Not just a cost effective alternative to Singapore, Johor Bahru bridges old and new in Malaysia. Get there before modernization initiatives are complete.
“We’ll be staying across the bridge in Malaysia,” Pete informed me. “We get two weeks in Johor Bahru for the same amount of Hilton points as a single week in Singapore. We’ll just go back and forth during the day.”
Pure no-brainer, then, even though I’d never heard of Johor Bahru before. Seemed easy enough, and no matter: all of the recent traveling we’ve done has made me realize how pathetic my knowledge of world geography is. We’d enjoyed our previous Malaysia stay in Kuantan, so we looked forward to returning.
We arrived in Johor Bahru in the midst of a month-long celebration just after the coronation of HRH Sultan Ibrahim Sultan Iskandar, the 5th Sultan of Johor. The Sultan has actually ruled for several years (coronation isn’t rushed in Malaysia). He has a full military background and impressive educational credentials in diplomacy, law and South-East Asian Strategic Studies from the Fletcher School of Law and Diplomacy in Massachusetts. The Sultan is of Malay and British descent, and is passionate about cars and sports.
The Iskandar region in Malaysia is one of the largest in terms of economic development, and its energy is palpable in Johor Bahru. Sultan Ibrahim wants to see “balanced development” benefiting ordinary citizens. He has called for speedier building of 28,000 affordable housing units aimed at first-time buyers, and has ordered the government to address environmental concerns such as air quality and green space.
The skyline is filled with construction cranes, and at street level there is nary a block without some sort of work in progress. Johor Bahru is bridging two worlds, the old and new.
Founded in 1855 as Tanjung Puteri, Johor Bahru is the capital of the Malaysian State of Johor. The city’s population is around 1.5 million. Johor’s first ruler, Temenggong Daeng Ibrahim. made the city his administrative headquarters, but it was Ibrahim’s son, Sultan Abu Bakar, who is known as the father of modern Johor. Abu Bakar was an Anglophile, whose interest in Western ways was influenced by his years at a mission school where he learned to speak English and took on the manners of an English gentleman.
Many of Johor Bahru’s historic buildings were the work of Chinese builder Wong Ah Fook, who was employed by Abu Bakar during the city’s formative years. Responsible for at least twenty public works projects between 1887 and 1895, Wong built the state mosque and several palaces.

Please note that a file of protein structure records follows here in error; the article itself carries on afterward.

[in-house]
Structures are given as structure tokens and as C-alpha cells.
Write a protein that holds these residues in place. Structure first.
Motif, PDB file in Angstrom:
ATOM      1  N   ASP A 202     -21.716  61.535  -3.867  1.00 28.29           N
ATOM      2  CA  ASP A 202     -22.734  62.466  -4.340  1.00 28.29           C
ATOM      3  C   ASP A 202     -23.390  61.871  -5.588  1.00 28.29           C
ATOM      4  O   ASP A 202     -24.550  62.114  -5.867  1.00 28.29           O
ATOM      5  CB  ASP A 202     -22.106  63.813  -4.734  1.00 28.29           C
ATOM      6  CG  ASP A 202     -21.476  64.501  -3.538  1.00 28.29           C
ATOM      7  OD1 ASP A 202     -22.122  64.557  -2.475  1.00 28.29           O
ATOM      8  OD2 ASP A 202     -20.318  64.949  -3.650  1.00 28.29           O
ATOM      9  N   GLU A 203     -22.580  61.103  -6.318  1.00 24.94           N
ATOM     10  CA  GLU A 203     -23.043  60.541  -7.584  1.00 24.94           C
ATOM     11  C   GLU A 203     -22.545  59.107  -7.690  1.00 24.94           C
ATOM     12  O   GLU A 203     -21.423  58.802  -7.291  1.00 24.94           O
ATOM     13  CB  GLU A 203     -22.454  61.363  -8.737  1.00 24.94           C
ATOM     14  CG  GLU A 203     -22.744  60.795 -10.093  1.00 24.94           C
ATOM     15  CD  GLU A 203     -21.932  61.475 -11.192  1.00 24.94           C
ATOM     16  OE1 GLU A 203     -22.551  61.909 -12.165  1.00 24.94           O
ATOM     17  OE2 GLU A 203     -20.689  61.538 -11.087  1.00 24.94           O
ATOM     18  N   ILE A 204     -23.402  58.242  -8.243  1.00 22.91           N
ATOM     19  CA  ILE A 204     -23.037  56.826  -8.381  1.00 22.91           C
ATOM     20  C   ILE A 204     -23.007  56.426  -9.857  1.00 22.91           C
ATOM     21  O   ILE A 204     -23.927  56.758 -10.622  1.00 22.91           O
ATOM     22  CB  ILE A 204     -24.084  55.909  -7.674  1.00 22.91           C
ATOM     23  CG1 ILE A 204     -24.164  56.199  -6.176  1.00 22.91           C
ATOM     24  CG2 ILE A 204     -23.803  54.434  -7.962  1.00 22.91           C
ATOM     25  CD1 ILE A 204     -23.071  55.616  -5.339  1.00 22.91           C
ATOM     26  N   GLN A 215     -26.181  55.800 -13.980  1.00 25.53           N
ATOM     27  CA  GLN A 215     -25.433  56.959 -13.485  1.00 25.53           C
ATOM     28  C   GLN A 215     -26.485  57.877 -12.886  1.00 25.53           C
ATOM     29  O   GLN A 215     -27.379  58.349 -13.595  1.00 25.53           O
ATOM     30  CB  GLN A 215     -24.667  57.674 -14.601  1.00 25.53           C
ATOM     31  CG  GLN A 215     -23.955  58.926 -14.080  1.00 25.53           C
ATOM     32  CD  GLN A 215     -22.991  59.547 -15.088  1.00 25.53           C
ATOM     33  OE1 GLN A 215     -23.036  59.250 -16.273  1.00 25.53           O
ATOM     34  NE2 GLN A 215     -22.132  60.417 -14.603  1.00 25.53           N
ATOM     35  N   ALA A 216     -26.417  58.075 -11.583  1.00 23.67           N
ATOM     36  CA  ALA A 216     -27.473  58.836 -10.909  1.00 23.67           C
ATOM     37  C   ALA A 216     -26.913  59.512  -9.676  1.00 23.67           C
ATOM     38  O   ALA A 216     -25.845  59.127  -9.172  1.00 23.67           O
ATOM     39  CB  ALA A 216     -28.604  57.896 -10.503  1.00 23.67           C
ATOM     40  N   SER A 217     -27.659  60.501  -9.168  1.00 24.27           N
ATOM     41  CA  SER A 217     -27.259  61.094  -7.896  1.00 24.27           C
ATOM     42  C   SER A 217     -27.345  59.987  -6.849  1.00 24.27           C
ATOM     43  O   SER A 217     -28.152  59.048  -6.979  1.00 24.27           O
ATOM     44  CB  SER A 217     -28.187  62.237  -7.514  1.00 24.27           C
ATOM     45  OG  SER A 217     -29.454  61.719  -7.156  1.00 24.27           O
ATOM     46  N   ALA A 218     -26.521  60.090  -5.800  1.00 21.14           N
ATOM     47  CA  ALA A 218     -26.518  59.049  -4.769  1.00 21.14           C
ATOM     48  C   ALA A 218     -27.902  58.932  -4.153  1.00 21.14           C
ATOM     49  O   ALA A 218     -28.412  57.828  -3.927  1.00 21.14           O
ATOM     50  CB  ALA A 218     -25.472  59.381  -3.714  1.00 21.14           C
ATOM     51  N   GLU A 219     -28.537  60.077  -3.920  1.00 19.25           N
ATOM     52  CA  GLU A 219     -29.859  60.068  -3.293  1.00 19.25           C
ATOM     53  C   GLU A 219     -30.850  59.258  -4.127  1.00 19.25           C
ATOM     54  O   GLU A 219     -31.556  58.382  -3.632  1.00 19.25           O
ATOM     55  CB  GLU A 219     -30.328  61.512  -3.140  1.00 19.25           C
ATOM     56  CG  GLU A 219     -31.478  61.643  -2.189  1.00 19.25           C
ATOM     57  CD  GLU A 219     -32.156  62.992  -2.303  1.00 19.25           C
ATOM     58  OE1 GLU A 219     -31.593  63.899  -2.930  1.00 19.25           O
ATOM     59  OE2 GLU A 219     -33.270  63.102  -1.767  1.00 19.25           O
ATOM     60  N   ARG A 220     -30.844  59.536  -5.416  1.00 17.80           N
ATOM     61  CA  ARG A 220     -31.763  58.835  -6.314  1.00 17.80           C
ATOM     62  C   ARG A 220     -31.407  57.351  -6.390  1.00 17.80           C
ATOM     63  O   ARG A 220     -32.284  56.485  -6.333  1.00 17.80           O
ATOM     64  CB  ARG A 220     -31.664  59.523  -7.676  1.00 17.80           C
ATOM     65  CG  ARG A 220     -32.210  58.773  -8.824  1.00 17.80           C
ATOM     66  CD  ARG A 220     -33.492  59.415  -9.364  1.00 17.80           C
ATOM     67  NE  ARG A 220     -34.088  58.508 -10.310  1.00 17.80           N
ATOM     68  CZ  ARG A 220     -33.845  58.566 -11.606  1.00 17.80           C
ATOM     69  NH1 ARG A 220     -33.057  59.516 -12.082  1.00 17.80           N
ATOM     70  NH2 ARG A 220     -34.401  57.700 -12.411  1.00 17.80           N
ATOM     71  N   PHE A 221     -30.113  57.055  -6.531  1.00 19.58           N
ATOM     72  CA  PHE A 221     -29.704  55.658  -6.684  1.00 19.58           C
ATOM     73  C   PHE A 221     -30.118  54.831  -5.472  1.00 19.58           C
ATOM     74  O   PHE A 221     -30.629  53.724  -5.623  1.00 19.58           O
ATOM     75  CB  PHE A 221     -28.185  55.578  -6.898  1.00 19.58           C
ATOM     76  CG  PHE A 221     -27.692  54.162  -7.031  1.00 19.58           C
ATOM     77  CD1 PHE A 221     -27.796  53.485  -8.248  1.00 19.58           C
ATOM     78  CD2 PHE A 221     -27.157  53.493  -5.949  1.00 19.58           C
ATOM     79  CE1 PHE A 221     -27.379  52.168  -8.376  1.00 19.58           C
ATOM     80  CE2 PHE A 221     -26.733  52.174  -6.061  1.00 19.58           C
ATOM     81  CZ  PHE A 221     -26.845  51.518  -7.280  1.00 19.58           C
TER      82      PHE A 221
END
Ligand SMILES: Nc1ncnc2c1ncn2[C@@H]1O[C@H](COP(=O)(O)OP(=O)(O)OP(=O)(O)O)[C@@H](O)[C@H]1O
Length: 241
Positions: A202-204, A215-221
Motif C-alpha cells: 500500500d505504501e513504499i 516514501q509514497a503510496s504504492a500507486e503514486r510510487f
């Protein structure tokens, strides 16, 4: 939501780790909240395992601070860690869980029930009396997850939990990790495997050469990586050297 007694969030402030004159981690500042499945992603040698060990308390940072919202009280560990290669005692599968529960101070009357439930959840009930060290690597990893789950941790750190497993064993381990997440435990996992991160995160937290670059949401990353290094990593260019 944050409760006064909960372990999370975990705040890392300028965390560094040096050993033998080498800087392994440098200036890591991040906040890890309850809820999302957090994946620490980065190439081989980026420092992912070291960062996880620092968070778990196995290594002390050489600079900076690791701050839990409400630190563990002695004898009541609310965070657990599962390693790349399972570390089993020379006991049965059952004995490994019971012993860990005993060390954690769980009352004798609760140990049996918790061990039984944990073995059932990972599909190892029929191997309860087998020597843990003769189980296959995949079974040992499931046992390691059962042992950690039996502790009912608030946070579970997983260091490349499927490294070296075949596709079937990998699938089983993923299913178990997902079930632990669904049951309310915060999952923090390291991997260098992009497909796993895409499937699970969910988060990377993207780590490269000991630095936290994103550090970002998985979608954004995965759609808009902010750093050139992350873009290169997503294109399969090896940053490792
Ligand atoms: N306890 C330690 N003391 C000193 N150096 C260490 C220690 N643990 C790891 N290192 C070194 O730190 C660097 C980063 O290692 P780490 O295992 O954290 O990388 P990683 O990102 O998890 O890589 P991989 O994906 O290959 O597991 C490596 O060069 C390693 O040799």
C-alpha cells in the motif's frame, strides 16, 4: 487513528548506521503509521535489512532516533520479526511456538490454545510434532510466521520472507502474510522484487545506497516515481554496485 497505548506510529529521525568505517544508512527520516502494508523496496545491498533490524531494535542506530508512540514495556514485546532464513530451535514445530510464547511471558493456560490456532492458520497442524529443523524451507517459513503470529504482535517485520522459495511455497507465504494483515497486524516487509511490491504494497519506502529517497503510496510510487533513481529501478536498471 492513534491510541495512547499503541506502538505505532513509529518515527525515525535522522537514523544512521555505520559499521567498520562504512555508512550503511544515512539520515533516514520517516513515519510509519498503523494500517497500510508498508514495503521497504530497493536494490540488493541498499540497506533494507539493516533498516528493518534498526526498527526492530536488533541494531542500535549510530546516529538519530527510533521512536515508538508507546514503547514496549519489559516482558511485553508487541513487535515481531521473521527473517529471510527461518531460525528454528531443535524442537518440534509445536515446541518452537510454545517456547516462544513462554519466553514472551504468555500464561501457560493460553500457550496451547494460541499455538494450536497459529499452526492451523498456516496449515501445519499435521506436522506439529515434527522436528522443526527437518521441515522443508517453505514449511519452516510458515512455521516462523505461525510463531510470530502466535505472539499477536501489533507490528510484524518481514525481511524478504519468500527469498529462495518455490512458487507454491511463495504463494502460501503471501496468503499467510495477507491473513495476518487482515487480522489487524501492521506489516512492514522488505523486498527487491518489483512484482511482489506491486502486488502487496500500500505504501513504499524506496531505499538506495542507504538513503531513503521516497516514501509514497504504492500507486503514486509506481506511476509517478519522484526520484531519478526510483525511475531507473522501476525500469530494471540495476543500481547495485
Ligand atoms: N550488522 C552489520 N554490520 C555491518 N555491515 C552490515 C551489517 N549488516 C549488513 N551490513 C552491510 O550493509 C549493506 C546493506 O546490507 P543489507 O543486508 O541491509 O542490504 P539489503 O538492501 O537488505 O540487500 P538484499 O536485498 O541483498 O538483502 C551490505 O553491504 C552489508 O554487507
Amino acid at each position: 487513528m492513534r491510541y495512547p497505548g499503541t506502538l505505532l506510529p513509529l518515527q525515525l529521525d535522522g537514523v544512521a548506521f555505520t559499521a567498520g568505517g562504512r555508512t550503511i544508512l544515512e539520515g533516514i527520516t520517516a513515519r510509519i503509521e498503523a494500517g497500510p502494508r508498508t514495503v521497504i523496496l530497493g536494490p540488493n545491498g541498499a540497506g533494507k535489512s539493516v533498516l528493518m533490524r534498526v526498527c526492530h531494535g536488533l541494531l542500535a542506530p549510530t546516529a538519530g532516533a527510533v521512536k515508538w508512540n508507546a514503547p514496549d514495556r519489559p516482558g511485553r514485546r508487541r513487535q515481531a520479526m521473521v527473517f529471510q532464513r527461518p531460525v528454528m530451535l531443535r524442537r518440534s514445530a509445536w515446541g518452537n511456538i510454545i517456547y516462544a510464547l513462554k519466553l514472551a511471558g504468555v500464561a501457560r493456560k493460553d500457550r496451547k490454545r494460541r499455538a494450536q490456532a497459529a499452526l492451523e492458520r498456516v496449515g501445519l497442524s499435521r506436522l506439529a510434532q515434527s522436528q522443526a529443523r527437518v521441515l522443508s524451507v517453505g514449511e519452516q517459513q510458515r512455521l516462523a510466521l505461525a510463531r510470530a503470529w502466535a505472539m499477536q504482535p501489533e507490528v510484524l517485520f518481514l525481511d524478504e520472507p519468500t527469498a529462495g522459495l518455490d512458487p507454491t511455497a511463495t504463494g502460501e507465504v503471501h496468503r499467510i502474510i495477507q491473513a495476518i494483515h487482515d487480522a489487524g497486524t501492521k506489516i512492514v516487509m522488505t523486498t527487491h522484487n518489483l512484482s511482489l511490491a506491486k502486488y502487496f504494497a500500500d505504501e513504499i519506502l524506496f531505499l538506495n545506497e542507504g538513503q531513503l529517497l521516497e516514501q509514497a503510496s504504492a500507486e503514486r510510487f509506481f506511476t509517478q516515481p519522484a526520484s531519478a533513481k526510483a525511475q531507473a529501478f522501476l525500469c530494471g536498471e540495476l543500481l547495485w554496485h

In thanks for his service, Wong was awarded a plot in the center of Johor Bahru, where he constructed a road and village of merchant shops. Today, Jalan (Street) Wong Ah Fook is one of the city’s busiest with modern shopping malls and commercial venues. Characterized as “in transition” since 2005, the contrast between high end designer shopping with ruins and burning trash across the street is stark.
Sadly, what may have been Wong Ah Fook’s summer home, a 150 year old mansion, was secretly demolished by its current owner in 2013, ahead of anticipated government acquisition at below market value.
Links by rail in 1909 and causeway in 1923 ensured the city’s future economic relationship with neighboring Singapore.
More than 50,000 motorcyclists commute to jobs in Singapore from Johor Bahru each day across the causeway. Countless others board trains and buses to work in their neighbor to the south.
Our hotel, the Hilton Doubletree, opened for business in June, 2014. If you’ve stayed at Doubletree properties in the U.S., you may have preconceived expectations. In our experience, the Doubletree properties in the U.S. are a lower eschelon than Hilton Hotels, so we didn’t expect too much. Boy, were we mistaken! This is a 5 star property with a committed staff and superlative facilities, at a fraction of the price you’d pay for similar across the bridge in Singapore. See more in our tips and information at the end of this article.
Across the street from the Hilton Doubletree, the Jalan Ngee Heng Shophouses have been repurposed into a thriving restaurant, ONE63 European Bistro and Bar. Developed by the same owners, a new rooftop club and gourmet market have just opened. While we’re fans of Asian cuisine, sometimes you need a change, which ONE63 delivers beautifully.
Ngee Heng Kongsi, after which the shophouses are named, was a “Chinese Brotherhood” type of secret society that arose out of political dissent to organize revenue farmers of pepper and gambier in the early 19th century.